The Bible records that Jesus of Nazareth's Father was God and His mother was Mary, a human. What, then, was His nature? Was He a man? Was He divine?
Christ frequently used 3rd person titles, such as the Son of Man and the Helper. Just as Christ sent the Helper—Himself—so Yahweh sent His Angel—Himself.
Richard Ritenbaugh suggests that one must be a member of a language community to know the contexts defining the meaning of a word. The Greek word logos has been negatively loaded with unbiblical meanings from Gnosticism, theology, and philosophy. Its basic meaning is "word" or "saying," yet it is really more …
Richard Ritenbaugh reiterates that our ability to respond to verbal symbols depends on multiple factors. The Greek word logos cannot be understood without the proper context: a thoughtful, reasoned word, saying, message, or expression. When personalized, it means a speaker. The "word of the Lord" appeared to Abraham, …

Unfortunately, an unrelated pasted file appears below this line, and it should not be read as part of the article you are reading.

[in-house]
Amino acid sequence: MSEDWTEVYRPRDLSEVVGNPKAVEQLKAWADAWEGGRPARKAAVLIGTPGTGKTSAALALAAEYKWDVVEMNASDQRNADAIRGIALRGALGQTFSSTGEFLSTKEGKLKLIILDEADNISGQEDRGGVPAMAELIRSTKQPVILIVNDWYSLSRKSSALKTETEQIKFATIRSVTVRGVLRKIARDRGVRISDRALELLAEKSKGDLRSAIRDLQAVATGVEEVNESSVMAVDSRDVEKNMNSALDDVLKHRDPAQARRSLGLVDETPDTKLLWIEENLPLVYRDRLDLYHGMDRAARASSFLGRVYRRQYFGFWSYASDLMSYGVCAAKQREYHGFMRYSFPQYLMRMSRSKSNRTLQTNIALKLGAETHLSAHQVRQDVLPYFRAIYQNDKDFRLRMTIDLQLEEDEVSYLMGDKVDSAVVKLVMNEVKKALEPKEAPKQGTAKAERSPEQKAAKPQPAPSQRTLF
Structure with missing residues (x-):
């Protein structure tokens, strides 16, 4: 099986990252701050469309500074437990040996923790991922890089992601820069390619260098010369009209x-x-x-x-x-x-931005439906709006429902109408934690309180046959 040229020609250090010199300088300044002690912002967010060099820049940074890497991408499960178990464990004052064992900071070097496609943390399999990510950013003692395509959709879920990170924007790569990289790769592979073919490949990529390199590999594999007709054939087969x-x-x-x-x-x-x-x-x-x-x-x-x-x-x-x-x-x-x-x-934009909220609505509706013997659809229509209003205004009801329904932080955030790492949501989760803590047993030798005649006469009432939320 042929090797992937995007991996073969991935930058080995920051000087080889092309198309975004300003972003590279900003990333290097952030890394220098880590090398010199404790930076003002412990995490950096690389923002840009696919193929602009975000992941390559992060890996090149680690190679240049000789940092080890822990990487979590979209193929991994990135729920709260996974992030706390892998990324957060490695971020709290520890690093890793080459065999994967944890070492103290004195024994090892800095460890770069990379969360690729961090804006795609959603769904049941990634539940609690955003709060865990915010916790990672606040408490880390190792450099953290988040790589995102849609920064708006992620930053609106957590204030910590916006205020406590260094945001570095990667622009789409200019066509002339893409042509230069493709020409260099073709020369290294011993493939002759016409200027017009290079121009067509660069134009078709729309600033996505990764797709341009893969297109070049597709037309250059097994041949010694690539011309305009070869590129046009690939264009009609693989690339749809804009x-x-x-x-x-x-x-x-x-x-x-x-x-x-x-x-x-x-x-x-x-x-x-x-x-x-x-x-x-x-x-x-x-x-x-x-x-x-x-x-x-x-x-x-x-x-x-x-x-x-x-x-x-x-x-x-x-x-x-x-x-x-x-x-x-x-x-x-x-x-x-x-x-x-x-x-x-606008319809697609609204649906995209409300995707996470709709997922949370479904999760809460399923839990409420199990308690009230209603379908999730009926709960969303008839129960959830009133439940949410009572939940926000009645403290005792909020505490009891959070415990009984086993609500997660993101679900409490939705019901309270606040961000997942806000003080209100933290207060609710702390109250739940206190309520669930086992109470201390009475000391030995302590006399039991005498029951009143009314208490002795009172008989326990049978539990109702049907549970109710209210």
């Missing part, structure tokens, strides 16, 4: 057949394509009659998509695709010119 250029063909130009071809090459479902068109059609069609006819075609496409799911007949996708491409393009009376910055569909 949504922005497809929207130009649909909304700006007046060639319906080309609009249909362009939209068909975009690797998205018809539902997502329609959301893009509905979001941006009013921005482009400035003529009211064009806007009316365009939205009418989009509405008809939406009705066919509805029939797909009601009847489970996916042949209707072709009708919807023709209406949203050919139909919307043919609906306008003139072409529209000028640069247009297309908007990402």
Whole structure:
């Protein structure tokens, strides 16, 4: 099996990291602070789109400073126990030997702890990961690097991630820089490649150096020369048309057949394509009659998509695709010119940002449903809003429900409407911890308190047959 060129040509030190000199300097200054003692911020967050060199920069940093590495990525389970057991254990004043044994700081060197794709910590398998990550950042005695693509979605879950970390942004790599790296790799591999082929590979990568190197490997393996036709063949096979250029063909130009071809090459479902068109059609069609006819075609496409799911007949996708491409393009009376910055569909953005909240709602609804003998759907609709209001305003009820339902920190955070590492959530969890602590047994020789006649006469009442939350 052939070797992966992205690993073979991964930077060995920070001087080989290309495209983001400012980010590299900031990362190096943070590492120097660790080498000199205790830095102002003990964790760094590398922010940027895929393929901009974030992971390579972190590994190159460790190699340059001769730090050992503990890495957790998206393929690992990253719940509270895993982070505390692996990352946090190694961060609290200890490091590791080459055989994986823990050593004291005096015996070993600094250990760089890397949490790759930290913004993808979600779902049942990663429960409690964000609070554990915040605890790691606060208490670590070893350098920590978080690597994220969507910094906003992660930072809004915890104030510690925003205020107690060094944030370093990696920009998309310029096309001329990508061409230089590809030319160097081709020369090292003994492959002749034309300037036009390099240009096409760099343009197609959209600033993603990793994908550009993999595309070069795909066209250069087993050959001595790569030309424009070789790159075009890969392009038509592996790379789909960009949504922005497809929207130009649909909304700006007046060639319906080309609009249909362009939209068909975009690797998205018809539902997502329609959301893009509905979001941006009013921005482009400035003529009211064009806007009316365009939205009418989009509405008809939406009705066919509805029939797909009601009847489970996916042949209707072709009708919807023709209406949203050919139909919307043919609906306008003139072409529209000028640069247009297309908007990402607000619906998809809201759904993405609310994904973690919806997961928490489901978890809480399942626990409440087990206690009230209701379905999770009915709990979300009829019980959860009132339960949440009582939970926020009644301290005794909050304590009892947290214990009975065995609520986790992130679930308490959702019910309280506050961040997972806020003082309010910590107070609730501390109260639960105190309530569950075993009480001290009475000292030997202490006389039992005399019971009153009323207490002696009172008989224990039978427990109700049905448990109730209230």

Jesus reveals that the Father has always had supreme authority, and that He and His Father are absolutely at one in purpose. We must conform to their image.
Spiritually, relying on images leads to shallowness of thought at best and idolatry at its worst. Virtually everything we know about God comes through words.
The book of Hebrews teaches that our relationship to Christ as our Savior, High Priest, and King is the key to salvation. He shows us the way to the Father.
During the final hours of His life, Jesus made seven last statements to mankind, illustrating His nature and what He considered to be important for us.
God has communicated tirelessly with humanity through men and angels. The first chapters of Hebrews displays Christ's superiority over even the angels.
Martin Collins, citing several blasphemous newspaper headlines praising various world leaders for being "the savior of the world," contrasts these pretenders to the real Savior of the World. Because He experienced the suffering of the human being, He is able to be a perfect High Priest for us, sympathizing and …